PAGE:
I assisted at a funeral today.  The word “assisted” is probably generous in describing what I did.  There were two priests and two deacons in attendance.  One, or even zero, deacons would have been sufficient.  A former deacon director used to speak of us as “liturgical furniture” or “liturgical flower pots”.  That would have been appropriate today.

My most important part of the proceedings was going to lunch.  A funeral lunch is when the clergy get to mingle with the family and friends and share memories of the deceased.  Today’s “guest of honor” was indeed a lovely lady.  Everyone knows it, but I think it brings comfort to most people to hear it from someone in a Roman collar.

I’m an Irish deacon who was sent by the Archbishop to administer a Czech chapel.  The chapel was once a parish but lost that status some years back.  The last pastor stayed on until his retirement so I think the place still felt like a parish until I showed up.  I was about as popular as a cockroach in the goulash.

The lady we buried today (and you’ll notice that I’m dancing all around using her name because I don’t have permission) was the first member of the Czech community who actually welcomed me and made me feel at home.  I’ll never forget her for that.  She was taking a big risk with her fellow Czechs and I really appreciate it.

Over the past two weeks, I’ve been on retreat and attended something called “Deacon Day.”  The retreat was very inspirational and educational.  Deacon Day was a day where everyone said nice things about deacons.  It happens every year and is in lieu of any financial recompense.  Both of these things were nice.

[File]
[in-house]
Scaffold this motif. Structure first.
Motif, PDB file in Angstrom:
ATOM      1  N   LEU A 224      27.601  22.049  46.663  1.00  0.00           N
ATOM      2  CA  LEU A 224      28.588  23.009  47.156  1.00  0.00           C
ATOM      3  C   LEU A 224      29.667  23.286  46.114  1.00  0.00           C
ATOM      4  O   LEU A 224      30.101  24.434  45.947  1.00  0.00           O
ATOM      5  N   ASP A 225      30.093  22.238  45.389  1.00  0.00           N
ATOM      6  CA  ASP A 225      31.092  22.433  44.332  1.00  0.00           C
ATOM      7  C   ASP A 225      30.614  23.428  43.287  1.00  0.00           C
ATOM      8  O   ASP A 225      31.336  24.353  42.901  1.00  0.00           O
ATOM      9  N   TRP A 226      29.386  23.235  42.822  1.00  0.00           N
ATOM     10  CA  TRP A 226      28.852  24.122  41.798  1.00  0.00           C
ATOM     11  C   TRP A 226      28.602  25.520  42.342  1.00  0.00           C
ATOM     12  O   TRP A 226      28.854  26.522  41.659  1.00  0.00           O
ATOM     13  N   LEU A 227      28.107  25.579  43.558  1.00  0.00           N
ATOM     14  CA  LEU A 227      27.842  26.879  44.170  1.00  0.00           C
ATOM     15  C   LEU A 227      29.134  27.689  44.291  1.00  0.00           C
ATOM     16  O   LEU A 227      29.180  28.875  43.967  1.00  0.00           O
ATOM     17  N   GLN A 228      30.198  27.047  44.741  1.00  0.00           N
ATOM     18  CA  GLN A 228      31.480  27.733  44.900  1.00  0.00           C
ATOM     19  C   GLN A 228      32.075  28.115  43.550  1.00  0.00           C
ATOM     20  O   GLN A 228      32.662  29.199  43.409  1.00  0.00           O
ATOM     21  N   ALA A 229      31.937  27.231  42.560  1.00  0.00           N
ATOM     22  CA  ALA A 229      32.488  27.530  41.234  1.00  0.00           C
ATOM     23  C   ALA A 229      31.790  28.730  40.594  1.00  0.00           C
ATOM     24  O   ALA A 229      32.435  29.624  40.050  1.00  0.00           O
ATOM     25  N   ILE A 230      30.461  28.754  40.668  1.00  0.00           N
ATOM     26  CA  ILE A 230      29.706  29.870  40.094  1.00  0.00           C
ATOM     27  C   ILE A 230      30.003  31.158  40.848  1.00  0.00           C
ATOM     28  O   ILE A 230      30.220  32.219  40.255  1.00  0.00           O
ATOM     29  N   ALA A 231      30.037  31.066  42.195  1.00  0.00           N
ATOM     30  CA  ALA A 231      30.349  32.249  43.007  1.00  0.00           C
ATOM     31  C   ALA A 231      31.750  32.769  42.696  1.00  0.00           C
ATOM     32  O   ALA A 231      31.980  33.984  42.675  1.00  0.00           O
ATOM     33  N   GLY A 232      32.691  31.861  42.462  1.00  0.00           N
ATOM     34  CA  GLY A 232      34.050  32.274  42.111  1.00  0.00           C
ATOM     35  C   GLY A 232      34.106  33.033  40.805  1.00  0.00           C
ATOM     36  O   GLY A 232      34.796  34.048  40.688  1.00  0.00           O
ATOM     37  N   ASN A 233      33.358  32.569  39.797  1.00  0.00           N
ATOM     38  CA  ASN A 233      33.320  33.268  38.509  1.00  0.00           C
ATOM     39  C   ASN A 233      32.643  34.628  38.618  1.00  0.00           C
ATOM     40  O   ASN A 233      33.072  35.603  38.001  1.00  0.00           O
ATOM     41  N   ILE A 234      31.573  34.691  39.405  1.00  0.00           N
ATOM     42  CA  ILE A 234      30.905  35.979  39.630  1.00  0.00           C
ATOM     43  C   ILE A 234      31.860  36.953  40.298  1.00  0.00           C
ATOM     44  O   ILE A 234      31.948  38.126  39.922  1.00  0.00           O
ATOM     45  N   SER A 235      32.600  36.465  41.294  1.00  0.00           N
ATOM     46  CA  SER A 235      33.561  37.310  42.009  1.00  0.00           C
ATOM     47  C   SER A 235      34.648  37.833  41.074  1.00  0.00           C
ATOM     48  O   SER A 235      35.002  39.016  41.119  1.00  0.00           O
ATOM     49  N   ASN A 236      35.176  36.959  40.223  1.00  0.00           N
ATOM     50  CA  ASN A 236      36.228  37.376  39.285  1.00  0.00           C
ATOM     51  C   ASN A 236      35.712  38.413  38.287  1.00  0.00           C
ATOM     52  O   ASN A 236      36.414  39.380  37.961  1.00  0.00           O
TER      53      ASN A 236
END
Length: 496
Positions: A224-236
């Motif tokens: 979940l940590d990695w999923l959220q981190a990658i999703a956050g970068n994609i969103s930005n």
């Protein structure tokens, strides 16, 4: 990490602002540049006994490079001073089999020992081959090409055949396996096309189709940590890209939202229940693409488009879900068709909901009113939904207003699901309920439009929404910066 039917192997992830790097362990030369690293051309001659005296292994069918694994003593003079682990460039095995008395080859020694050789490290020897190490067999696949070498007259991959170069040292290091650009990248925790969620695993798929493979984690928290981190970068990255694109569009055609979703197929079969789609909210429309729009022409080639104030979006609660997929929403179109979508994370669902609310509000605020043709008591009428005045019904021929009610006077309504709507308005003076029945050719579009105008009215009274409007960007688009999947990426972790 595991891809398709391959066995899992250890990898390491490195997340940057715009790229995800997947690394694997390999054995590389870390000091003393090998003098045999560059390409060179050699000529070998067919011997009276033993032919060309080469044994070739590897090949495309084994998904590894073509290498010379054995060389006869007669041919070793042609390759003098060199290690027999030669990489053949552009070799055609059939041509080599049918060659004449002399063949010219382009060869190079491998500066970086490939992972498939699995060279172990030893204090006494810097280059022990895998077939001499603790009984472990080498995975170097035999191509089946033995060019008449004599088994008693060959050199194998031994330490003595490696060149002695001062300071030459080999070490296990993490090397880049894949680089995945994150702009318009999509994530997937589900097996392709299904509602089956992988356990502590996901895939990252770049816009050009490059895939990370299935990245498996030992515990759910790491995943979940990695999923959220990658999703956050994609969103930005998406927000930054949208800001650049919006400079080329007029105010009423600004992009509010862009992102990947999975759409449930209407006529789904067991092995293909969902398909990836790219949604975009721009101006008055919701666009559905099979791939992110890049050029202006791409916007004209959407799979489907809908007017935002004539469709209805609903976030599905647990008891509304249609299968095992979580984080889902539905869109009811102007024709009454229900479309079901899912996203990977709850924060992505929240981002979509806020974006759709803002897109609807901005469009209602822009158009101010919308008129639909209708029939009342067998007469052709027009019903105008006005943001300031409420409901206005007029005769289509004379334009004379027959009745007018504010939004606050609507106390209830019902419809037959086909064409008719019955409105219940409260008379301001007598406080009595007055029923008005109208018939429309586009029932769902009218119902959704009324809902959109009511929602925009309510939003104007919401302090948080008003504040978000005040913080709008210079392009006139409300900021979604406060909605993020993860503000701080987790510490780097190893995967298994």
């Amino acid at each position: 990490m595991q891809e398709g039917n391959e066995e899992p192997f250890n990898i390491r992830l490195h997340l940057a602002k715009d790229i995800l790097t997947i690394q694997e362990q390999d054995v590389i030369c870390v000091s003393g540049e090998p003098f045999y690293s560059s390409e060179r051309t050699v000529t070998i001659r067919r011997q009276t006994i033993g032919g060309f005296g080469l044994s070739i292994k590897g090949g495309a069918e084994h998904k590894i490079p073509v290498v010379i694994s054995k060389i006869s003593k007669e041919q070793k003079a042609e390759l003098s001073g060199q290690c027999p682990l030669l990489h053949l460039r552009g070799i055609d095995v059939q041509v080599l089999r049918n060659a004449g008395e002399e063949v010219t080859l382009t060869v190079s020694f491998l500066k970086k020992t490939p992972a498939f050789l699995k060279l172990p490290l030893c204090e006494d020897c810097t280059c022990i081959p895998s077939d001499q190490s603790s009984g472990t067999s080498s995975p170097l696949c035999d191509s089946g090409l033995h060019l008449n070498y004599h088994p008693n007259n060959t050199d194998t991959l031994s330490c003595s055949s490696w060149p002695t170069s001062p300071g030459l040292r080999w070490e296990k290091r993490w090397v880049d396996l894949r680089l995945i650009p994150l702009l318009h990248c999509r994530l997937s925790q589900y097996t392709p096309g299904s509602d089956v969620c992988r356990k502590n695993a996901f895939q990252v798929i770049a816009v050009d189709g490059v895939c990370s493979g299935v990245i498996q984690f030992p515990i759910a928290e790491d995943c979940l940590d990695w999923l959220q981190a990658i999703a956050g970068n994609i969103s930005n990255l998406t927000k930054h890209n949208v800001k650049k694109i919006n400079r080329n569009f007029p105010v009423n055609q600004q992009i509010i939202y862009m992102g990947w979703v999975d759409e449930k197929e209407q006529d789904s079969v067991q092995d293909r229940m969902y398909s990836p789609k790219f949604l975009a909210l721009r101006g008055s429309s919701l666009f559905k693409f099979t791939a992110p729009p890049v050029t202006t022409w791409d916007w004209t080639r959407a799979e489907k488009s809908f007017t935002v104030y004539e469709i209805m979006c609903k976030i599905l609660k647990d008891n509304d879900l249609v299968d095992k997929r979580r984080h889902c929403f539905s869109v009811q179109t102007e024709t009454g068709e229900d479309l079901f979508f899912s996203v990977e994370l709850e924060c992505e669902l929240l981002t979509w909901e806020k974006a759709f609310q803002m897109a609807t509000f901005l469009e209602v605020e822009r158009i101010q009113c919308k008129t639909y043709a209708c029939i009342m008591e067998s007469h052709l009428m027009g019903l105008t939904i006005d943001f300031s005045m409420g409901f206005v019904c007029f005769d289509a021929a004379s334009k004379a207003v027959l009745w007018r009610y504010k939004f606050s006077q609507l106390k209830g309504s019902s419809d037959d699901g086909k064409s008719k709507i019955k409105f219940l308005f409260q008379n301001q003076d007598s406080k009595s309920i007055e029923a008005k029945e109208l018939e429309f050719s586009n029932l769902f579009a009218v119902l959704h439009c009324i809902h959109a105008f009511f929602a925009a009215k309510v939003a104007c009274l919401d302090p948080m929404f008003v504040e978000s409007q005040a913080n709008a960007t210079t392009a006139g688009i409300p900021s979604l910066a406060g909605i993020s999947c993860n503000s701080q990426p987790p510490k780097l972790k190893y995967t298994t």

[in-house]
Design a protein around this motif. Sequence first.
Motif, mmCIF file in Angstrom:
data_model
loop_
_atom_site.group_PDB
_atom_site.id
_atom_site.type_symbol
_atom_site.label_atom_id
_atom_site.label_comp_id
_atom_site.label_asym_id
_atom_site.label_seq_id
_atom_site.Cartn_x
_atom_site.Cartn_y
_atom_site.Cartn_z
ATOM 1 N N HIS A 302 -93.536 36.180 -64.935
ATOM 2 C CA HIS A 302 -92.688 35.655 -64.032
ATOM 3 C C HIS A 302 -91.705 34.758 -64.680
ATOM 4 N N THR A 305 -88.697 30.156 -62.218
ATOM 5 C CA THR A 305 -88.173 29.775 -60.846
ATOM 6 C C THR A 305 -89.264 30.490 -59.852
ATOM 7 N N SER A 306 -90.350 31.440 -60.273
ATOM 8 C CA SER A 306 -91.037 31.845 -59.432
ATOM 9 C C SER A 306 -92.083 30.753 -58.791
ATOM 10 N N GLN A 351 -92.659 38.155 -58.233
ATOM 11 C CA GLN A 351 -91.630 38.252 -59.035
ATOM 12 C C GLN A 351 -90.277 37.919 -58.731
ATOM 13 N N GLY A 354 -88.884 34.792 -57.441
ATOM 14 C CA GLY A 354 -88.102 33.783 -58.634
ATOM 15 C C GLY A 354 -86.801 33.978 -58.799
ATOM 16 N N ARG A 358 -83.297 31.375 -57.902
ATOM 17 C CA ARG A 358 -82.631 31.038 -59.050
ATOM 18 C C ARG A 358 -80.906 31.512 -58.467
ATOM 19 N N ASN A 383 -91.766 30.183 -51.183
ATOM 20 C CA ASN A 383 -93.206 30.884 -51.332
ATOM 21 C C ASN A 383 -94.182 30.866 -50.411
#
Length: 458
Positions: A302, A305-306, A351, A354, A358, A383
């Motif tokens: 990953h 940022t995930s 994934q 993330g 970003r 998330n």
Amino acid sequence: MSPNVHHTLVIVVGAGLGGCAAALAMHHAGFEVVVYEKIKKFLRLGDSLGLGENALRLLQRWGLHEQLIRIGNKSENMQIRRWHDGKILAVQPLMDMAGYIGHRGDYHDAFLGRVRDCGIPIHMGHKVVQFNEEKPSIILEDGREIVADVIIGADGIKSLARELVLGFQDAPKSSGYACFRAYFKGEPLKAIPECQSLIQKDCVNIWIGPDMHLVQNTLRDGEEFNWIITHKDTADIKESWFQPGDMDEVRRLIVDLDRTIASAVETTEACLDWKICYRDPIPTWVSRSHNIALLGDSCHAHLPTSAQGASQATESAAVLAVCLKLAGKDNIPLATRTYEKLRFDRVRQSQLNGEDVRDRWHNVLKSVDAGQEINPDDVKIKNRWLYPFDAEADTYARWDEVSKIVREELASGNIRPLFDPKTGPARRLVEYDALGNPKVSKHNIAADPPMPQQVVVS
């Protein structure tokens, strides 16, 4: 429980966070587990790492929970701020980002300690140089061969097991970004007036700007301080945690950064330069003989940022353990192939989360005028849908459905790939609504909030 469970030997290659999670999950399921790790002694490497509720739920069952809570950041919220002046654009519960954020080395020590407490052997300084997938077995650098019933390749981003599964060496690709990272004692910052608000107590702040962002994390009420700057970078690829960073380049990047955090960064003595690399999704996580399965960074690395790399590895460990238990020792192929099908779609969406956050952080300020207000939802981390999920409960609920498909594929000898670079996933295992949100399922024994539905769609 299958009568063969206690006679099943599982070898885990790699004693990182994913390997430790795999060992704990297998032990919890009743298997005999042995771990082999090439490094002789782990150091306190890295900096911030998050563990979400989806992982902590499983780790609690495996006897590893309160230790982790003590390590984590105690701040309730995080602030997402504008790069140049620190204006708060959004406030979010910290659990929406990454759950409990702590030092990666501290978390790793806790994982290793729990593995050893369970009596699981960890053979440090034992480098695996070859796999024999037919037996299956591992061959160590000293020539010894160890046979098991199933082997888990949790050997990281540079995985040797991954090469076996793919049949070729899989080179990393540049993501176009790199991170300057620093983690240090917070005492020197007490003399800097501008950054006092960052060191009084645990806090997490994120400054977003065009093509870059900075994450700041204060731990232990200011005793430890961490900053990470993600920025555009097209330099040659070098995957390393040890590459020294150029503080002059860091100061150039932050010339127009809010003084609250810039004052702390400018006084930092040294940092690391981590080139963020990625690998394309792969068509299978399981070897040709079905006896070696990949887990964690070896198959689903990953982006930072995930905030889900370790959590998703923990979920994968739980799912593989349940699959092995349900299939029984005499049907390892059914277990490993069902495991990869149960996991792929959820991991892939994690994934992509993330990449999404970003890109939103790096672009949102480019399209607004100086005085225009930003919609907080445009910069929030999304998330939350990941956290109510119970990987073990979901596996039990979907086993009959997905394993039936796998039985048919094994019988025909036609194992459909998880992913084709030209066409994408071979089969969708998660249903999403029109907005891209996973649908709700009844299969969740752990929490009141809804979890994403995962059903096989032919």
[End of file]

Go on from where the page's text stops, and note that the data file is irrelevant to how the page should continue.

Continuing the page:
But it occurred to me today that the people at the funeral, the people who really matter, couldn’t care less  how much I know, how many retreats I’ve been on, how many books I’ve read, or what the Auxiliary Bishop of Saint Paul/Minneapolis thinks of me and my brother deacons.  They want to know that I care about them.  And that’s a real revelation to me because frankly, it’s easy to get caught up in those other things and forget what’s really important.

In just a few weeks I’ll be leaving this community and returning whence I came because, to be honest, I’m just not physically able to be an administrator anymore.  I need to go back to just being an ordinary deacon, assisting the pastor at mass and with whatever else he wants me to do, including funerals.

I’m going to miss my Czech flock, even the ones who still wish I were a priest and that I wasn’t Irish.  But at ordination, a deacon promises to go wherever his Bishop sends him.  I believe right now the Holy Spirit is telling me to move on.  What happens in the future only He and the Father and the Son know.

Retreat Postscript

arch

Yesterday was a travel day as we returned from Gesthemani, KY.  It’s always a transition to come back from retreat life to “real” life.  First of all there’s the time difference.  Gesthemani is in the Eastern time zone, Saint Louis is in the Central time zone.  It will take a while for my body clock to reset.  Second, there’s the “normal” events of life that don’t seem so hectic normally, but after a few days of life at the monastery,  it all seems kind of overwhelming.

I always come back from retreat determined to spend more time in prayer and contemplation.  I did that today, at least so far, but I don’t know what tomorrow will bring with morning mass, a breakfast at Saint John’s to introduce the new deacon, a 7:00 pm meeting, and a party afterwards.  That sounds like a hard day to find time for contemplation and reading.  We’ll see.  At least in my reading this week I learned some short prayers that can be said on the fly, keeping God at the front of my mind all day.

As usual, I came back with an arm-load of books.  All I have to do is find time to read them.  I’m looking forward to my retirement in December.  Maybe then I’ll have more time.